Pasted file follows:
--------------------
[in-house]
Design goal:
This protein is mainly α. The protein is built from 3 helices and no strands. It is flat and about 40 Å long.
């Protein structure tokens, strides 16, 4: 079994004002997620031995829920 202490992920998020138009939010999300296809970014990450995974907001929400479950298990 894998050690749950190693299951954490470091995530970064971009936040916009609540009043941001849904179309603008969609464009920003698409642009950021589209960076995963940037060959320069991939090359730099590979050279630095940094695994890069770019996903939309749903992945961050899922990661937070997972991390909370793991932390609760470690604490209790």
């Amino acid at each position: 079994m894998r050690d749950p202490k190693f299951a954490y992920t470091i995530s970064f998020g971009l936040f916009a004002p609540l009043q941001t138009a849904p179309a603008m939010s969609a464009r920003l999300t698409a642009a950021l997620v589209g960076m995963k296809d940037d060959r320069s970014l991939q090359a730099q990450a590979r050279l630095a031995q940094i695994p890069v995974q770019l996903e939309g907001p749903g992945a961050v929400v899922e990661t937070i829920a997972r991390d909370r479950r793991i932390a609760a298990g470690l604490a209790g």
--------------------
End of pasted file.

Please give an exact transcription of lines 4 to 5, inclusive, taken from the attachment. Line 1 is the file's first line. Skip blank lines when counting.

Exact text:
């Protein structure tokens, strides 16, 4: 079994004002997620031995829920 202490992920998020138009939010999300296809970014990450995974907001929400479950298990 894998050690749950190693299951954490470091995530970064971009936040916009609540009043941001849904179309603008969609464009920003698409642009950021589209960076995963940037060959320069991939090359730099590979050279630095940094695994890069770019996903939309749903992945961050899922990661937070997972991390909370793991932390609760470690604490209790």
């Amino acid at each position: 079994m894998r050690d749950p202490k190693f299951a954490y992920t470091i995530s970064f998020g971009l936040f916009a004002p609540l009043q941001t138009a849904p179309a603008m939010s969609a464009r920003l999300t698409a642009a950021l997620v589209g960076m995963k296809d940037d060959r320069s970014l991939q090359a730099q990450a590979r050279l630095a031995q940094i695994p890069v995974q770019l996903e939309g907001p749903g992945a961050v929400v899922e990661t937070i829920a997972r991390d909370r479950r793991i932390a609760a298990g470690l604490a209790g």